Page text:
Structural Biology
from the department chair

William Weis, PhD
Chair, Structural Biology
Welcome to the Department of Structural Biology! Our department, founded in the 1970’s as the first of its kind in the United States, is a world leader in the molecular and structural understanding of biology. The discipline sits at the interface of physics, chemistry, and biology. Research in the department spans a wide range of biological problems at the molecular, cellular, tissue, and whole animal scales, and includes the molecular basis of transcription and translation, cellular signaling, development of multicellular tissues, viral structural biology, immunology, and computational biology.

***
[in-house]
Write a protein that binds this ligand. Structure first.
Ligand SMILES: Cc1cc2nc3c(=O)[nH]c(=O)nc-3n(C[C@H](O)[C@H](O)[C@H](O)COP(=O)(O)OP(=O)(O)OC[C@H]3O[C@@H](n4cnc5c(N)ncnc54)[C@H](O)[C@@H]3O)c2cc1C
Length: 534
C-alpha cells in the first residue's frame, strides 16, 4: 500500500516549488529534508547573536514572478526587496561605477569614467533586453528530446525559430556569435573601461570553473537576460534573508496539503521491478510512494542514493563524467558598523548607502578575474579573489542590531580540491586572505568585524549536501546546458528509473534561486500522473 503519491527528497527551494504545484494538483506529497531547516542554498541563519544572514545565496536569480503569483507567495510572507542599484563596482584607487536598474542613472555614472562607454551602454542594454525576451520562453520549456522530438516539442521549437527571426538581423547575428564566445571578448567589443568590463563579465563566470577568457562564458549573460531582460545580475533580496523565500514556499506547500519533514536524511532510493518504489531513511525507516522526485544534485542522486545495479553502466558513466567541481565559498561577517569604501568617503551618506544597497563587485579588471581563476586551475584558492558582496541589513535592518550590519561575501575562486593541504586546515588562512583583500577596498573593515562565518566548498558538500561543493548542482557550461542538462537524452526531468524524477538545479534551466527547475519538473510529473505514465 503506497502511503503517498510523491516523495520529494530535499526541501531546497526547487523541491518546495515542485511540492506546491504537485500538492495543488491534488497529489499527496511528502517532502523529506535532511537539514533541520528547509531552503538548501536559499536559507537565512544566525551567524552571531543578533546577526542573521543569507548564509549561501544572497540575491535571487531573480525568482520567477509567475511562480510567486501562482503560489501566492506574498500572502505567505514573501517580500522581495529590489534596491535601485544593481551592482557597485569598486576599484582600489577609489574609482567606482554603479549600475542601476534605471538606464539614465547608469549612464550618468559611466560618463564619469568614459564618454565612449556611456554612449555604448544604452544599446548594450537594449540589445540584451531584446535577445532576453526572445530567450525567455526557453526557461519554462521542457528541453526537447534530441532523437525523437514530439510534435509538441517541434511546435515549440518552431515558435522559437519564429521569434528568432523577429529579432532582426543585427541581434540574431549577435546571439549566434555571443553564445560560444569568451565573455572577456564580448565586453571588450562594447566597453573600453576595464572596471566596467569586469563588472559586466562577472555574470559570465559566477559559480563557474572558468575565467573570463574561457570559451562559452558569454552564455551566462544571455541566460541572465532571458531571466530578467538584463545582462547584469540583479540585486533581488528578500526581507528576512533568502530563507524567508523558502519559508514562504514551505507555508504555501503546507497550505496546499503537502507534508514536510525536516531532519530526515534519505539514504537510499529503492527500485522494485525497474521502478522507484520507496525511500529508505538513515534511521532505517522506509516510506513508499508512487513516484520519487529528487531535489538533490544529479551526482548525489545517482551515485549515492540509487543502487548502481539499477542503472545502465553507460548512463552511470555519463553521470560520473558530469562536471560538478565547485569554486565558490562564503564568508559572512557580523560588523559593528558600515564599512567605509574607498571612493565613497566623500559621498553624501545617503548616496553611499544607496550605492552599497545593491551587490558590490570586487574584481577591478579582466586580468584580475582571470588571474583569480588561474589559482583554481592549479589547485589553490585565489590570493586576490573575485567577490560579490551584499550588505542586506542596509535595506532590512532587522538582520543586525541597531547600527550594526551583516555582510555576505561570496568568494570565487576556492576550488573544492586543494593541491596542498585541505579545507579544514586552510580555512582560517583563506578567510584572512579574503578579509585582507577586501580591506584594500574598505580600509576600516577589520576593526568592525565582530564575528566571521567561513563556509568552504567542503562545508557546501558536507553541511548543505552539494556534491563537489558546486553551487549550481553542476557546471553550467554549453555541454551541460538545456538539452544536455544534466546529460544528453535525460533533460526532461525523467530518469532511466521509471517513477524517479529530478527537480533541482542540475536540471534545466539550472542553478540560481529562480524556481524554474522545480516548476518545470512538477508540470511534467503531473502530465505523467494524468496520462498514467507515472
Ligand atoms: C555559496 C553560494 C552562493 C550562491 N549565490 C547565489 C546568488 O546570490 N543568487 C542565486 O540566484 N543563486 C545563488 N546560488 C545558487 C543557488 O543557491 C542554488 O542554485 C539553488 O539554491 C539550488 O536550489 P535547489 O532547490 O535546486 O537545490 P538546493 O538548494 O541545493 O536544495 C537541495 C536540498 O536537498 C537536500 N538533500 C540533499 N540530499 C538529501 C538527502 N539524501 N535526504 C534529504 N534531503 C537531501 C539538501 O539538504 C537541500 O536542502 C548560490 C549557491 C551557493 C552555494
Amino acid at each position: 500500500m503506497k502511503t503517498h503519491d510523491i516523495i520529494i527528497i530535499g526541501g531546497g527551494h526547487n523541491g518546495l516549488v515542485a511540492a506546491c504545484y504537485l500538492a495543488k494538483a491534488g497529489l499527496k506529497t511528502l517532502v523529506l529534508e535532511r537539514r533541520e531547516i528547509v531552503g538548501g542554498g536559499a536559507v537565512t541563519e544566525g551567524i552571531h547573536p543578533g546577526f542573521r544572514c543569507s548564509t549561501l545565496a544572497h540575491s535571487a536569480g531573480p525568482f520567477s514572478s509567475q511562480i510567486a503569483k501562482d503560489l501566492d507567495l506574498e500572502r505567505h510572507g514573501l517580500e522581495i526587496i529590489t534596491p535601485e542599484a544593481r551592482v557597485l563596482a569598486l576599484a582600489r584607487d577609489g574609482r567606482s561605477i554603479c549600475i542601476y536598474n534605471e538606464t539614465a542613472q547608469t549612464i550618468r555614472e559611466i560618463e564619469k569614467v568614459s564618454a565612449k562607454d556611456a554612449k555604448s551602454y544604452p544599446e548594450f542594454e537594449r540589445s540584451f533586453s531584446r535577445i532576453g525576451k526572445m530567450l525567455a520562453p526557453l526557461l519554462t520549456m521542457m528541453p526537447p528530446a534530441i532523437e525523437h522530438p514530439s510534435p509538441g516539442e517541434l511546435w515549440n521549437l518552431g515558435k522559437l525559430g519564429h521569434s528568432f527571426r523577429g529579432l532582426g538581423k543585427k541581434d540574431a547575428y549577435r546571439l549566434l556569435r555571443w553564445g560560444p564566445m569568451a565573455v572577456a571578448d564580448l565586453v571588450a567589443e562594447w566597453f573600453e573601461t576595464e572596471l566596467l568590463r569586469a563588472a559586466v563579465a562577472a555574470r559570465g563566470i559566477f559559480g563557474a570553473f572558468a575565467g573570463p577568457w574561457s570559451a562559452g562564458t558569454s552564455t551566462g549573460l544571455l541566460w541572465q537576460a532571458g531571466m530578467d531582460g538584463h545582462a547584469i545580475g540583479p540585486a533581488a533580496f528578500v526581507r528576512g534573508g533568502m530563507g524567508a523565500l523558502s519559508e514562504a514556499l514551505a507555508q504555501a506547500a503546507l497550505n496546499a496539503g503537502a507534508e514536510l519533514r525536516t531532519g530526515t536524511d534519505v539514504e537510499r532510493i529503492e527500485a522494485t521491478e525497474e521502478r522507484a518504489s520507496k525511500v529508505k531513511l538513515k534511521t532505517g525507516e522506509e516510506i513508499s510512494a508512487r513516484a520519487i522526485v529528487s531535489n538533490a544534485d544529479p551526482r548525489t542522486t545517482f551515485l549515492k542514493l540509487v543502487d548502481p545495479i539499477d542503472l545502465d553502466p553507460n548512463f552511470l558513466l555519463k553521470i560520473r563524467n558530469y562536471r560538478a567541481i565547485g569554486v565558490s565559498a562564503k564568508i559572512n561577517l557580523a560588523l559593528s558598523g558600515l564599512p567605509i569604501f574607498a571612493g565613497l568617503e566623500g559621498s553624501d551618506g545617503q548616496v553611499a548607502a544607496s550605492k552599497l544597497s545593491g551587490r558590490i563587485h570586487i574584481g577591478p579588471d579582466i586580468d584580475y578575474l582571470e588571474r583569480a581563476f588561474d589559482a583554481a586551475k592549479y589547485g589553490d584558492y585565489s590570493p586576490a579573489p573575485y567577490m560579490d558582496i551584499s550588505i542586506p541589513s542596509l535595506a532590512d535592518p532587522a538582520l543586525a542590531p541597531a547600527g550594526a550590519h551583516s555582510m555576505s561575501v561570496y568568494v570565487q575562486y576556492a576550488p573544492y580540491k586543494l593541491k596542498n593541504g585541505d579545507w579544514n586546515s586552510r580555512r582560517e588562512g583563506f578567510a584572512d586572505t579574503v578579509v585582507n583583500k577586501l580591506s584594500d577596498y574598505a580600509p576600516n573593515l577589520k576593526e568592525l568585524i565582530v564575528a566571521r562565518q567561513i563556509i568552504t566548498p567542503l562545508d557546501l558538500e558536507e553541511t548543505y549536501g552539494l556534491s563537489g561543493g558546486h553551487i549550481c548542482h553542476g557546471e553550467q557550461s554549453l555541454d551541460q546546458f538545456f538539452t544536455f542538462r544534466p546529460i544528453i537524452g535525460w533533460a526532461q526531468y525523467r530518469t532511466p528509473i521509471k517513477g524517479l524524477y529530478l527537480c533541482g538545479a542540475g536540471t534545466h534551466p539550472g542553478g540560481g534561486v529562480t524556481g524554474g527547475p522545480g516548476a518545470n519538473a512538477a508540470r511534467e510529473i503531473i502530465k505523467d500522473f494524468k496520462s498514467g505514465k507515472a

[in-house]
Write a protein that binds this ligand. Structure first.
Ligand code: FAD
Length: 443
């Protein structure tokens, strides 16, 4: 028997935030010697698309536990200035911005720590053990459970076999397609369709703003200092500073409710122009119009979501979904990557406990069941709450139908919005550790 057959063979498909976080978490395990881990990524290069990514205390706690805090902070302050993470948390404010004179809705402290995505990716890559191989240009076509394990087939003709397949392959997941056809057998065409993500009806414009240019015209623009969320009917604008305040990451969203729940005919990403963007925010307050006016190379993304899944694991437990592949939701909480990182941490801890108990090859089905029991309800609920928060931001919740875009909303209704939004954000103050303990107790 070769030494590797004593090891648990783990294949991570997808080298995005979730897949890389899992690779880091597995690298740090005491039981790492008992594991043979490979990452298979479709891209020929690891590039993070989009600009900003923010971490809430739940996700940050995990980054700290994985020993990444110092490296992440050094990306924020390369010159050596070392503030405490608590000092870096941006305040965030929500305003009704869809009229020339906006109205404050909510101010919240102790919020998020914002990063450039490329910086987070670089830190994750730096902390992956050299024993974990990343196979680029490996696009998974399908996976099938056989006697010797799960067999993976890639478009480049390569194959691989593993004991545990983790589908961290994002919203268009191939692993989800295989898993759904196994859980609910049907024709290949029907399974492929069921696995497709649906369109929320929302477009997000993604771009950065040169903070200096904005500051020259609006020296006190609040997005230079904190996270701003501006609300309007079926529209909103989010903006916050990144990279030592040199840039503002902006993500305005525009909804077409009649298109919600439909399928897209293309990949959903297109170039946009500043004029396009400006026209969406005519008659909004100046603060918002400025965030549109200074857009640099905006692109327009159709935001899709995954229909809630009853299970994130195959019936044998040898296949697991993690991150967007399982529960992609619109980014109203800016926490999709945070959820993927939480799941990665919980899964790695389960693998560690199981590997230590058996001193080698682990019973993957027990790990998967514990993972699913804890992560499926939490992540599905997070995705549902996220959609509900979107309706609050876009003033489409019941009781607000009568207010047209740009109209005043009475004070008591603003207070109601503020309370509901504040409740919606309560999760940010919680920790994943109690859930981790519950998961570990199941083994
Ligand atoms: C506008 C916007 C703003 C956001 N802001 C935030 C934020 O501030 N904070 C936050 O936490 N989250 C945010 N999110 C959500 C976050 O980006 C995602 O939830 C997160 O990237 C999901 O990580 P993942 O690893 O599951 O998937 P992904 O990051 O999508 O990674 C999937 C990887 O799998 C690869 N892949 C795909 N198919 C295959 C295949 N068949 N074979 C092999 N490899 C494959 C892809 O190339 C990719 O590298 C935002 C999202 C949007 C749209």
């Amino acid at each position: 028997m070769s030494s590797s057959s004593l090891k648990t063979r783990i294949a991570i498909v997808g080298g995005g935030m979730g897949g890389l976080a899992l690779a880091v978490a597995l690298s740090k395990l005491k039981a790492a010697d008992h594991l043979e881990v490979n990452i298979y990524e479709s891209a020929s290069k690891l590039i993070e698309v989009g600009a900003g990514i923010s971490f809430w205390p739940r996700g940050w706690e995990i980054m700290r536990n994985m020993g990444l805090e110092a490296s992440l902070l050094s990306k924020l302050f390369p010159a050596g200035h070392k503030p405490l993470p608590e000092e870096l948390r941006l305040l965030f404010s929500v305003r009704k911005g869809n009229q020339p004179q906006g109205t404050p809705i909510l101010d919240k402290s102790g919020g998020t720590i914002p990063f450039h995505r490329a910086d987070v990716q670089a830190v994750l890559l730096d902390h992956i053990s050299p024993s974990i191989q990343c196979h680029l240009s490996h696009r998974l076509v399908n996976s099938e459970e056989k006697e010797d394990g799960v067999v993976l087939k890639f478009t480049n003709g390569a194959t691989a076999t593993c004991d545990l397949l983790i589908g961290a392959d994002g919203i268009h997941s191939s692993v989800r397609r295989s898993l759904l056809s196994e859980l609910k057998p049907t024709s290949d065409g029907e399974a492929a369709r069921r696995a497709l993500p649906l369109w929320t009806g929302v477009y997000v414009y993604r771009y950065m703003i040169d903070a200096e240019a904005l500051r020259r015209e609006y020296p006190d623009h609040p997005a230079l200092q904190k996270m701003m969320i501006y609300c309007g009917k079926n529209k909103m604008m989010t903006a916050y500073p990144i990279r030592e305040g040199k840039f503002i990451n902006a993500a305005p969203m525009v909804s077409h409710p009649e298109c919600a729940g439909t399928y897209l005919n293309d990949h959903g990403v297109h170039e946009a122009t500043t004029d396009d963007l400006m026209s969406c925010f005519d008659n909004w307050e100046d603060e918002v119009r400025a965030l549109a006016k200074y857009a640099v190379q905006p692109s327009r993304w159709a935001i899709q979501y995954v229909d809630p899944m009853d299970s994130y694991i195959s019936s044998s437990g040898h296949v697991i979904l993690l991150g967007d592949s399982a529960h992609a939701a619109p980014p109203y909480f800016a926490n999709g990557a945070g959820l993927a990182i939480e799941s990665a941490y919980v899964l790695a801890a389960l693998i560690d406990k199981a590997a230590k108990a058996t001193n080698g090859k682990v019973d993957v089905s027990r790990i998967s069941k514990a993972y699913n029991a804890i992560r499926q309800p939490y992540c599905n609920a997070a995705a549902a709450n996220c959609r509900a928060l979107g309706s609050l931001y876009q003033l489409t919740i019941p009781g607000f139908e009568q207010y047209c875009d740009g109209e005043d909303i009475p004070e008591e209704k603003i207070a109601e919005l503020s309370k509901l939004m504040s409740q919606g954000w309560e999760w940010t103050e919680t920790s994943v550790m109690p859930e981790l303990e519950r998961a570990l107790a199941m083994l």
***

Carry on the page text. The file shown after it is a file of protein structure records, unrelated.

Many of these studies involve the development and application of advanced methodologies, including x-ray crystallography, electron microscopy, NMR, single molecule spectroscopy, tomographic imaging, and computer science. We have outstanding expertise and infrastructure in these areas, including close ties to the SLAC National Laboratory, which houses advanced x-ray sources including the Stanford Synchrotron Radiation Lightsource and the Linear Coherent Light Source, the world’s first hard x-ray laser.

Information about graduate studies in the department is available through the Biosciences web site.

Benefits of our ancestors
Peter Parham
The work of Prof. Peter Parham and his collaborators is featured in the Aug. 25th, 2011 edition of Science, showing that mating between early humans and our prehistoric ancestors resulted in important benefits to our modern immune system.

Our congratulations to Prof. Parham and his team on their achievement.

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